As a young, new mommy, one of my biggest frustrations were the days and nights hallmarked by a crying baby. Specifically, the inability to effectively communicate with my baby. My expectation was low, this was of course, a baby. I did not think my crying baby could possibly communicate until she could speak or point. Fortunately, I was wrong.
During my new mommy years, I also decided to continue my education. As I was degree-seeking, I had to fill a couple of credit hours with elective classes. I registered for Sign Language 101 thinking I would take one semester, earn three credit hours and simply, move along.
Surprisingly, a requirement of the class homework was to attend “deaf dinners.” A deaf dinner is a group of folks either deaf or hard of hearing that each week, get together at a local restaurant for camaraderie and a great meal. In our area, these groups welcome sign language students and enthusiastically welcome others in their quest to learn more and demystify any notions one may have.
With a six-month-old baby, I knew that my crying child would not prove to be an audible interruptive. I presumed if I could just keep my baby happy for an hour or so, I’d be able to learn a few words, meet a couple of people and fulfill my homework obligation.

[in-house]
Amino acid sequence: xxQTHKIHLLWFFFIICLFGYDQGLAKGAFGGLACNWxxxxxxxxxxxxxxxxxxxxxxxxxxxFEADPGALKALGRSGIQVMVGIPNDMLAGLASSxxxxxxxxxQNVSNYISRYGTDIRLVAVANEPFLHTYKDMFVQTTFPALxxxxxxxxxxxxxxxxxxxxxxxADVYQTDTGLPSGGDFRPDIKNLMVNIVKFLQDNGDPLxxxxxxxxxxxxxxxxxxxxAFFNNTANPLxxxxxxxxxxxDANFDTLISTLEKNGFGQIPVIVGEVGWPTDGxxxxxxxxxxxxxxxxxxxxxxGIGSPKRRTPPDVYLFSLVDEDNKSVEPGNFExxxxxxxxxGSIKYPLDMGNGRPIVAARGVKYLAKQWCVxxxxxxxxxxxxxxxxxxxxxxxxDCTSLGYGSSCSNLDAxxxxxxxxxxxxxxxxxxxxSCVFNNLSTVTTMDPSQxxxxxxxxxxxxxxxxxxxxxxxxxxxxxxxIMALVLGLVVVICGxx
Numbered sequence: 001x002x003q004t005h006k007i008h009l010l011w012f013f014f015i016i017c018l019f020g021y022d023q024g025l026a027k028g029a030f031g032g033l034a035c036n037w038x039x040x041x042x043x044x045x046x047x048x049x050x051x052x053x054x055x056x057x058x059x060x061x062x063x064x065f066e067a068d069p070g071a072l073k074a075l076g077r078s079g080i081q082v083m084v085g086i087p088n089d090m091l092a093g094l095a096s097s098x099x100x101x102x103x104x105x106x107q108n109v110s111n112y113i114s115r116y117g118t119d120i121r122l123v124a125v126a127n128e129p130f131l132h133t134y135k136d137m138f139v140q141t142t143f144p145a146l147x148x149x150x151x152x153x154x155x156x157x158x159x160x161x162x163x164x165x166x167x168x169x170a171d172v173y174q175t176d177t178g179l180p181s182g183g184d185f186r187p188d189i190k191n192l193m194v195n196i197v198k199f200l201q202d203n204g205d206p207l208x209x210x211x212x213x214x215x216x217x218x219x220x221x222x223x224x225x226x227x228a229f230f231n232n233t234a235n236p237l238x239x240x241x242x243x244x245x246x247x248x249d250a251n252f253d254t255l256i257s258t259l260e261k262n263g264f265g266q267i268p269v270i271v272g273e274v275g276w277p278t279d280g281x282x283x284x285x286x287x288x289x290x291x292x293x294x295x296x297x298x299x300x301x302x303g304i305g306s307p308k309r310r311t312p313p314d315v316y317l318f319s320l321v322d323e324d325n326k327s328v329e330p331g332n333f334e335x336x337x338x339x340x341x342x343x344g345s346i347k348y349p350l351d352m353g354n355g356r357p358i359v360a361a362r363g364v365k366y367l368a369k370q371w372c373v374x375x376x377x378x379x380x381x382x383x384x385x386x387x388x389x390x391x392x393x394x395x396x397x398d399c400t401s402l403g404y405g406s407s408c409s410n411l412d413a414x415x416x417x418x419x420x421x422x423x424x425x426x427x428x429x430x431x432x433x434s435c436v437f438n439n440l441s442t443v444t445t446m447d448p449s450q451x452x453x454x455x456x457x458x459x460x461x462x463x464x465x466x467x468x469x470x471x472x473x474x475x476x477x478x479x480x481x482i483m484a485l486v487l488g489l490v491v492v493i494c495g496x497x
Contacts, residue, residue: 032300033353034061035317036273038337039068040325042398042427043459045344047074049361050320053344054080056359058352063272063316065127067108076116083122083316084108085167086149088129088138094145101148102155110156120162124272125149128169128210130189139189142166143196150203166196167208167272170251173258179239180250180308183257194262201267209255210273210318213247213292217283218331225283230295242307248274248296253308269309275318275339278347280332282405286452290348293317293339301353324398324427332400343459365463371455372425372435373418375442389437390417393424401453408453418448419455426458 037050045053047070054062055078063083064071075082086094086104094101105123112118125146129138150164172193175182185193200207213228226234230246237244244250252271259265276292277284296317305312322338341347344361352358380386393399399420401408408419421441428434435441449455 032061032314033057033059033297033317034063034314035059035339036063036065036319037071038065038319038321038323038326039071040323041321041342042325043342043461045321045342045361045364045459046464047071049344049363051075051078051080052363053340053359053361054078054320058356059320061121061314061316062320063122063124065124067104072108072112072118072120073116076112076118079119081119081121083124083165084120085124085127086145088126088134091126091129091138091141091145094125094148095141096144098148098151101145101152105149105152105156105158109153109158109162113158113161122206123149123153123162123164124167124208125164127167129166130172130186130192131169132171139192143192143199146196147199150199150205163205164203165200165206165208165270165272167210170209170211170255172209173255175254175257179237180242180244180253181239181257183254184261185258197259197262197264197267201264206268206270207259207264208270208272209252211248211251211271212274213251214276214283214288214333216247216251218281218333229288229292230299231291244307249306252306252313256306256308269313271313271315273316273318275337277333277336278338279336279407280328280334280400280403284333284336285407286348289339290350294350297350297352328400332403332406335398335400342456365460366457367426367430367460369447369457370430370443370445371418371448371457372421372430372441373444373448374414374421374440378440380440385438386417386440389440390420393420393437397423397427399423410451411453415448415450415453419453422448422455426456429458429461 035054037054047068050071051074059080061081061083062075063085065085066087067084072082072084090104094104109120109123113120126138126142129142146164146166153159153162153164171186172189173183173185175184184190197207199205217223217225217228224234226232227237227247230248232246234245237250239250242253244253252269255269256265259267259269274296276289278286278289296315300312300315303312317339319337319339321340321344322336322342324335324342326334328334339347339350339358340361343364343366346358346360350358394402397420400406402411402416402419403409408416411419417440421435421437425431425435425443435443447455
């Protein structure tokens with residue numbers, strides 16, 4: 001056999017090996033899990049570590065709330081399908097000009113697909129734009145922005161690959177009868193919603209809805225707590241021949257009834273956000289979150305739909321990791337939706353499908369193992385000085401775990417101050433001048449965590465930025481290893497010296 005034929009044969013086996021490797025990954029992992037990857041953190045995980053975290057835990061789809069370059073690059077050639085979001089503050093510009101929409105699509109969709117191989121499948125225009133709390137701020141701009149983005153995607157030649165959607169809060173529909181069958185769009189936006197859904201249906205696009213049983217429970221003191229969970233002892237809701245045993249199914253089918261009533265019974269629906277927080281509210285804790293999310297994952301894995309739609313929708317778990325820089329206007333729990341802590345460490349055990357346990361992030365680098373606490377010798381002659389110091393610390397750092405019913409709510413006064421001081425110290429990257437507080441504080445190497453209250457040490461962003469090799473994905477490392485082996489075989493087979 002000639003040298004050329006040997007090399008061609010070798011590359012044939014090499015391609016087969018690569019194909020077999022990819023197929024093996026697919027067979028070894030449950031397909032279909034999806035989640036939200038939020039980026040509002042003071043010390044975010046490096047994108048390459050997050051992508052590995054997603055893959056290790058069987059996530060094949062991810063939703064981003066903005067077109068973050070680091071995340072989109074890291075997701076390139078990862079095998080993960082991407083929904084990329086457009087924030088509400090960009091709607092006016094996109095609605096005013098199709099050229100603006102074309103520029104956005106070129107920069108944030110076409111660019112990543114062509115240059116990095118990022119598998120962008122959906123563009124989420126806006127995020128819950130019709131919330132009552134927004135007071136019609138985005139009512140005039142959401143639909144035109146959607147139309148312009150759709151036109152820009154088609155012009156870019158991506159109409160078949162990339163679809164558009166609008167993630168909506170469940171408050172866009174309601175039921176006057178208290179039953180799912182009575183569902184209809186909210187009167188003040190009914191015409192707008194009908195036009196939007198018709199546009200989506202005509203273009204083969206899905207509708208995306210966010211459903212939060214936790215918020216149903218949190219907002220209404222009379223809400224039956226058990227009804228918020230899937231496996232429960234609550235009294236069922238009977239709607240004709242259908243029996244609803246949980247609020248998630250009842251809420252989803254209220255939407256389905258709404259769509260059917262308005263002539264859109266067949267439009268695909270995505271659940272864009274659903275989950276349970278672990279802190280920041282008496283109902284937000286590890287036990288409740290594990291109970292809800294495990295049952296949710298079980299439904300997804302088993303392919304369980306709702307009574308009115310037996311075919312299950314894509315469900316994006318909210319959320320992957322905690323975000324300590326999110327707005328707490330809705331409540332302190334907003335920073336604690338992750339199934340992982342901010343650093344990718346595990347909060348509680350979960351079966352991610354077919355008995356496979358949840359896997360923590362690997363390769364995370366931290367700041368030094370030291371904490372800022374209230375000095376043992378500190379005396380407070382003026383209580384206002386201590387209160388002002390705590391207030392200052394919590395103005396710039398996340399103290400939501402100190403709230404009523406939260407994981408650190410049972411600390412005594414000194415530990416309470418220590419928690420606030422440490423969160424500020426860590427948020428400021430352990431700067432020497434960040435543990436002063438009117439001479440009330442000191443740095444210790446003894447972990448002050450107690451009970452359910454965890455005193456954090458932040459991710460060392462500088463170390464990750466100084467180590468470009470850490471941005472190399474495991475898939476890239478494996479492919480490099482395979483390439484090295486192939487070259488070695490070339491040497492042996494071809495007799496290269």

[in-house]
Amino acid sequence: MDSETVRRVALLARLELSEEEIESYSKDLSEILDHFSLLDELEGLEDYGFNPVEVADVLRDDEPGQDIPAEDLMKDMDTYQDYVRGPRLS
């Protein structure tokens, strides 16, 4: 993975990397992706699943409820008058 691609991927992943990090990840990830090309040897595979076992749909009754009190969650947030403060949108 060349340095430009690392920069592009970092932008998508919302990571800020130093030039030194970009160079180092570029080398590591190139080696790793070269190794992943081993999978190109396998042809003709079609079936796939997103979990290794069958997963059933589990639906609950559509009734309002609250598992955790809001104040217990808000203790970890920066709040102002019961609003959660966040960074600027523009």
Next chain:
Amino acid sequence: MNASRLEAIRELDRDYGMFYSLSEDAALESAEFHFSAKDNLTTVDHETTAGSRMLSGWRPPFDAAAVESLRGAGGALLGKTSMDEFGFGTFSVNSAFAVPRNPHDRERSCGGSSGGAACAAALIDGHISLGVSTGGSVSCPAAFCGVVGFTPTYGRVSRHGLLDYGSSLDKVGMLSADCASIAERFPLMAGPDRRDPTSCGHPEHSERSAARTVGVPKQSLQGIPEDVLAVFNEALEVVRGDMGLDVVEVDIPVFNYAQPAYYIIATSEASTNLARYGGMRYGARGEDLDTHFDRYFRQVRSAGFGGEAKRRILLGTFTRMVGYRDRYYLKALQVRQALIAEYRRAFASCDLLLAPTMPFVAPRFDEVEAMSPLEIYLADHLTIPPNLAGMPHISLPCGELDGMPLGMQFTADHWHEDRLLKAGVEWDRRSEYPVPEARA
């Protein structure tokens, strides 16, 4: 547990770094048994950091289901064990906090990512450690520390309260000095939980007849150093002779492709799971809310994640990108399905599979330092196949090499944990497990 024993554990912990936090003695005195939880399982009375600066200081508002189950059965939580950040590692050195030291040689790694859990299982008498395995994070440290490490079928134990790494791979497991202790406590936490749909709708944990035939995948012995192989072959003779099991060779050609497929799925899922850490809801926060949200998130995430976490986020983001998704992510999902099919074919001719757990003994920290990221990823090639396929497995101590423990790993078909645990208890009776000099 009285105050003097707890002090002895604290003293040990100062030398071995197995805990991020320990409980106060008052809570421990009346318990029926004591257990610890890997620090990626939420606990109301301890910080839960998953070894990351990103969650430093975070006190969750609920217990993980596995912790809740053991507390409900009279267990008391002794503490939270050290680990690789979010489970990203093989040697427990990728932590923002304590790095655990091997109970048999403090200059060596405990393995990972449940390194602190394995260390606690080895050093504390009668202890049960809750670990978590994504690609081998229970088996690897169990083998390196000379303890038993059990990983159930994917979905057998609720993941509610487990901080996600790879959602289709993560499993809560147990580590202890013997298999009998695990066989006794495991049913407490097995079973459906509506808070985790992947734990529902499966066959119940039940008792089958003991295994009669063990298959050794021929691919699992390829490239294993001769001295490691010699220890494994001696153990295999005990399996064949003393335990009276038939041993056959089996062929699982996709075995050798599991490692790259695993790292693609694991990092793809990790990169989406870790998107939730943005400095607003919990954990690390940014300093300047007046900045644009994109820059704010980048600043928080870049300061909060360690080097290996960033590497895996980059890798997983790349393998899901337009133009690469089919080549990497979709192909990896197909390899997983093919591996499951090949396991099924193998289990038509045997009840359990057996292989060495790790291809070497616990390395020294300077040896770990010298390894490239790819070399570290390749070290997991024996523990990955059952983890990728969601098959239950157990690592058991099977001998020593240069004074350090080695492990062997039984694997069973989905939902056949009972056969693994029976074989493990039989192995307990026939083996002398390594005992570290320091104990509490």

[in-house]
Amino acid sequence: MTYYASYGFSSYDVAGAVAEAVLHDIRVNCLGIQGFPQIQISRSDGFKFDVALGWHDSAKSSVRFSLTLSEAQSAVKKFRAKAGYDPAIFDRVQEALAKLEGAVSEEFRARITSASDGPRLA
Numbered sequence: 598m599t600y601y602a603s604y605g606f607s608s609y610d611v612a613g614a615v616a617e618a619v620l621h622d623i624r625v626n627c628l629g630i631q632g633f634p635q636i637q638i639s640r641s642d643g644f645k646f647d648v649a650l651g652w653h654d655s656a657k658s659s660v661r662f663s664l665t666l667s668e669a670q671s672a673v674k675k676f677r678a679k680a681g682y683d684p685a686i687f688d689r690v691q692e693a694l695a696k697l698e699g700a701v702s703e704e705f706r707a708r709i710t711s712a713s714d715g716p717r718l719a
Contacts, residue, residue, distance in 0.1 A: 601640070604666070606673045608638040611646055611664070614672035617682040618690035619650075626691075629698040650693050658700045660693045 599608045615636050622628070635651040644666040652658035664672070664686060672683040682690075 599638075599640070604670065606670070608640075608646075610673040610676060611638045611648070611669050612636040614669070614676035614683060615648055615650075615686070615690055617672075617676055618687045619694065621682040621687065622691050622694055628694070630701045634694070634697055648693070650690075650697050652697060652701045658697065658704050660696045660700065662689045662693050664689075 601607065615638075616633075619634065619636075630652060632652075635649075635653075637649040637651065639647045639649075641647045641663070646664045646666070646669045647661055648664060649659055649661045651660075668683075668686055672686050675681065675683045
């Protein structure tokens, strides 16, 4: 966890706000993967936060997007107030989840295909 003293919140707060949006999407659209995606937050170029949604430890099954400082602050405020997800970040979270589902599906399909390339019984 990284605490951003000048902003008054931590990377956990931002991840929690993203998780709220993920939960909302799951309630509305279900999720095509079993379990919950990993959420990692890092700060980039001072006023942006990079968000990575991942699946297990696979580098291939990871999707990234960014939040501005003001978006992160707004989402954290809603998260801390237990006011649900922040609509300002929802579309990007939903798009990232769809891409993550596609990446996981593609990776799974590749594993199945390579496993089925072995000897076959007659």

Related read: 3 Great Ways to Raise Happy Kids
It was a crisp fall Friday night when my baby and I traveled to meet the others for the deaf dinner. I had the meal timing down so my daughter would be taking a bottle just after I would eat. When we arrived, we were greeted with the sign “hello.” I did a “hello” right back and a few deaf attendees pointed at my baby and “asked” her name. I signed G-I-N-A and 6-months-old.
From that point, the wonder of one-to-one communication without saying a word took hold. Locking eyes with my daughter, they began to truly teach her the sign for ‘bottle’ when giving her a bottle, ‘food’ when she was hungry, ‘goodbye’ when they would ‘go’ and ‘hello’ when they would return. Through our class instructor, they told me to keep practicing these simple words with her and soon, the new mommy frustration would subside and the crying baby episodes would likely be reduced.
And my goodness, were they right.
I started with the basic words and also did quite a bit of reading and learned that a baby has wonderful gross motor skills, so they can perform big movement signs. I progressed with ‘please’ ‘thank you’ ‘more’ and ‘finished.’ A week later, I added ‘drink’ ‘help’ and ‘book.’ Soon, crying was reduced as she could communicate and, I could respond to immediately instead of wondering what the heck was bugging my baby.
There are many baby sign language books and video’s available at your library or online. I strongly recommend parents begin early with their baby. Start simple but be consistent. You are only days away from learning how to calm a crying baby.
Now a decade later, I look back and realize that we still sign and it is very natural. Sign language has come in handy to communicate when we are in a place where we can not use our voices but still need to say something, such as in Church, or when we are across from each other in public and can not raise our voice. We know the alphabet and a number of signs that from the beginning, have helped she and I communicate more often, communicate clearly and most important, communicate effectively.
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